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Science. 2009 Mar 20;323(5921):1597-600. doi: 10.1126/science.1169514.

The Burgess Shale anomalocaridid Hurdia and its significance for early euarthropod evolution.

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  • 1Department of Earth Sciences, Palaeobiology, Uppsala University, Villav├Ągen 16, Uppsala SE-752 36, Sweden. allison.daley@geo.uu.se

Abstract

As the largest predators of the Cambrian seas, the anomalocaridids had an important impact in structuring the first complex marine animal communities, but many aspects of anomalocaridid morphology, diversity, ecology, and affinity remain unclear owing to a paucity of specimens. Here we describe the anomalocaridid Hurdia, based on several hundred specimens from the Burgess Shale in Canada. Hurdia possesses a general body architecture similar to those of Anomalocaris and Laggania, including the presence of exceptionally well-preserved gills, but differs from those anomalocaridids by possessing a prominent anterior carapace structure. These features amplify and clarify the diversity of known anomalocaridid morphology and provide insight into the origins of important arthropod features, such as the head shield and respiratory exites.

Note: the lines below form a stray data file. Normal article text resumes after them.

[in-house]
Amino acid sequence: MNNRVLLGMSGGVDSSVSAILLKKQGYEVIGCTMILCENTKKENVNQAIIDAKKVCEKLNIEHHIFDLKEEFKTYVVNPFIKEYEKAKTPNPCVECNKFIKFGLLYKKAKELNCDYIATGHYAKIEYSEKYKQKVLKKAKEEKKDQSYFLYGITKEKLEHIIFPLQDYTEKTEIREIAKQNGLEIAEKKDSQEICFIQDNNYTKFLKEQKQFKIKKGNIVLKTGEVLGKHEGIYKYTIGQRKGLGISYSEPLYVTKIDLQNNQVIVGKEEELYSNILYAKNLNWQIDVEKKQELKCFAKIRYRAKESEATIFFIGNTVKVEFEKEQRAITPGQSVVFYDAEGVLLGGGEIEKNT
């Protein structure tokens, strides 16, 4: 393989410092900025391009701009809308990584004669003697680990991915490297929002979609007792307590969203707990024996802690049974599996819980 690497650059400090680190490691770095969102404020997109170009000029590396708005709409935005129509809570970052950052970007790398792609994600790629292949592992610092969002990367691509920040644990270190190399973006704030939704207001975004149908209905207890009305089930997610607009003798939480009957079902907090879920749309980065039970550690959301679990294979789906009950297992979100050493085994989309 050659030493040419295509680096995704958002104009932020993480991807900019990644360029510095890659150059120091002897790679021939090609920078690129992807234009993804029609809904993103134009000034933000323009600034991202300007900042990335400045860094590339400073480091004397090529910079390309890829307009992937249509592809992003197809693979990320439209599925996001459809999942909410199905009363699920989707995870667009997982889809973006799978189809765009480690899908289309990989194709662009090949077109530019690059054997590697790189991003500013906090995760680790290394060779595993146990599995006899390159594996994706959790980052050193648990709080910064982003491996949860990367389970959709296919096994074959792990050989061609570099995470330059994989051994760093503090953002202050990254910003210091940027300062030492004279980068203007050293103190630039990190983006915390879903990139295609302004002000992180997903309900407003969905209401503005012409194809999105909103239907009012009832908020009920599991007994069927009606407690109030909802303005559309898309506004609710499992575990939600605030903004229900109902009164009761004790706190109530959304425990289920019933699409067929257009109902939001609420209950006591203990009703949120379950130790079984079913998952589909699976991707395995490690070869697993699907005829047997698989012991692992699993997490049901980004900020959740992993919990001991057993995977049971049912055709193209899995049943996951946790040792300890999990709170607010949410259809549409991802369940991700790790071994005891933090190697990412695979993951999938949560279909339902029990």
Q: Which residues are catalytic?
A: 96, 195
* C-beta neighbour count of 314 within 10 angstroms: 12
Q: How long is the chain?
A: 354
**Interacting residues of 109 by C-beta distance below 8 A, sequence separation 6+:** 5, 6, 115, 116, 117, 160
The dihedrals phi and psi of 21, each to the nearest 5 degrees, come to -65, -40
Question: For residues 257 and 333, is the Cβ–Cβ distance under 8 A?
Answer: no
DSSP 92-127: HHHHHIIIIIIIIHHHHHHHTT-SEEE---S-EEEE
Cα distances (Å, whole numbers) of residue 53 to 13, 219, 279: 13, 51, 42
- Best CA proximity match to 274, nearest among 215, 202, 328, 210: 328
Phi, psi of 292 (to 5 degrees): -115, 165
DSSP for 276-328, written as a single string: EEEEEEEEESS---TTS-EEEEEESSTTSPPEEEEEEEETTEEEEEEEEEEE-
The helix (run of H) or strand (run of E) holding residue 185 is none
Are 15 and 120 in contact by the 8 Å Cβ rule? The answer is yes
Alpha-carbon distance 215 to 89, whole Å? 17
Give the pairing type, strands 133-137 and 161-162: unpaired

PMID:
19299617
[PubMed - indexed for MEDLINE]
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